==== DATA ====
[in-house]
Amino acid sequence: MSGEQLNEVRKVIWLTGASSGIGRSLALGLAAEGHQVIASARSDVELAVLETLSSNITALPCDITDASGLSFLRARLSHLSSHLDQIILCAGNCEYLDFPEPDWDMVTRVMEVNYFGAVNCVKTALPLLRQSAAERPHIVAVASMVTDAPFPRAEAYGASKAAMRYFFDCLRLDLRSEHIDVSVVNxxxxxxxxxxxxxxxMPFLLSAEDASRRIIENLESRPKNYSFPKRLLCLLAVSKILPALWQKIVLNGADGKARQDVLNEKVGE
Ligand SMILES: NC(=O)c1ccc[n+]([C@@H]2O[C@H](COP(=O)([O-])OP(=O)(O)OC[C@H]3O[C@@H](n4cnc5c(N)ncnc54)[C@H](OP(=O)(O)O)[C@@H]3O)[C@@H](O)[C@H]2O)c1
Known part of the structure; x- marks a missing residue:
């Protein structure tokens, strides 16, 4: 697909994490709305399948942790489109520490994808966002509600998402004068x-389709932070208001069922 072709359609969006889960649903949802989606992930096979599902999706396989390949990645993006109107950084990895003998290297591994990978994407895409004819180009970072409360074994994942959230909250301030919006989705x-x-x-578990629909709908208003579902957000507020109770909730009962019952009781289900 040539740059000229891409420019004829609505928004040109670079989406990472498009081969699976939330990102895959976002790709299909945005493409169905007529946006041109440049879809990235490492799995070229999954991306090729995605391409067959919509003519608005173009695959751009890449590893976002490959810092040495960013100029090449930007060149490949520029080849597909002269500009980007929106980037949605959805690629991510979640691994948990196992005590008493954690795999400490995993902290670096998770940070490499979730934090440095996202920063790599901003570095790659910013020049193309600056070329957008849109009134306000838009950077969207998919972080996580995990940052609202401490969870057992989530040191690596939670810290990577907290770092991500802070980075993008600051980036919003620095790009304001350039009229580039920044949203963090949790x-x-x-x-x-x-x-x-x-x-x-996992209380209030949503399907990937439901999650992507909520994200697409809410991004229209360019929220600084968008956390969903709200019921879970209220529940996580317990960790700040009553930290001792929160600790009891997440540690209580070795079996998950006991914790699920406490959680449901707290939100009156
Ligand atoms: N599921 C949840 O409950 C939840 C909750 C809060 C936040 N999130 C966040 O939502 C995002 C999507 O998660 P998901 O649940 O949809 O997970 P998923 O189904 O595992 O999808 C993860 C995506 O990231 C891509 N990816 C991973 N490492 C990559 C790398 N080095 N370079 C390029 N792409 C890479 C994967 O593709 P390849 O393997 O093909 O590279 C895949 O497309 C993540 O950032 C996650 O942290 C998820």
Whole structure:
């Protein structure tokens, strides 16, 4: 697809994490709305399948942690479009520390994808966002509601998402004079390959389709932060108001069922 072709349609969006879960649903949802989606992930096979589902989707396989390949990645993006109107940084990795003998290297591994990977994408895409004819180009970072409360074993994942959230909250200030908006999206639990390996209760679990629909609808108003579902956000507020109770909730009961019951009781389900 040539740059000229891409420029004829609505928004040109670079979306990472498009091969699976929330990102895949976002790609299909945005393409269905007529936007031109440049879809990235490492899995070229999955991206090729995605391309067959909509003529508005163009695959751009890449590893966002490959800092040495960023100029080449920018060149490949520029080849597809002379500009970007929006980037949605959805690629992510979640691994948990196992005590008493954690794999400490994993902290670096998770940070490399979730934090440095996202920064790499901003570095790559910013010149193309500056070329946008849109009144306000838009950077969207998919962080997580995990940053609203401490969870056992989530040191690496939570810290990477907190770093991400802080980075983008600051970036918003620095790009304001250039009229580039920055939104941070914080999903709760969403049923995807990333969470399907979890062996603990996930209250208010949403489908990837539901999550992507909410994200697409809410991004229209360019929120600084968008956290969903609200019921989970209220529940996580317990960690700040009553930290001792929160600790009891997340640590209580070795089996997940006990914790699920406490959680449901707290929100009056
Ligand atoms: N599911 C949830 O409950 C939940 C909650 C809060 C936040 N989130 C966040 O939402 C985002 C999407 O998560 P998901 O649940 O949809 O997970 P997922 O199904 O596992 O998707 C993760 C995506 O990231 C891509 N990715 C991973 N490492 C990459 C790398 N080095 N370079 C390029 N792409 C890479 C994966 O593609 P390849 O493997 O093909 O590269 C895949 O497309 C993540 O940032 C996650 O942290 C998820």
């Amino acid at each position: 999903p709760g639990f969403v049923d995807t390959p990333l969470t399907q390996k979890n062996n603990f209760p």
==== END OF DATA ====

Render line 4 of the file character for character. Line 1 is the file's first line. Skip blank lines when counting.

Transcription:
Known part of the structure; x- marks a missing residue: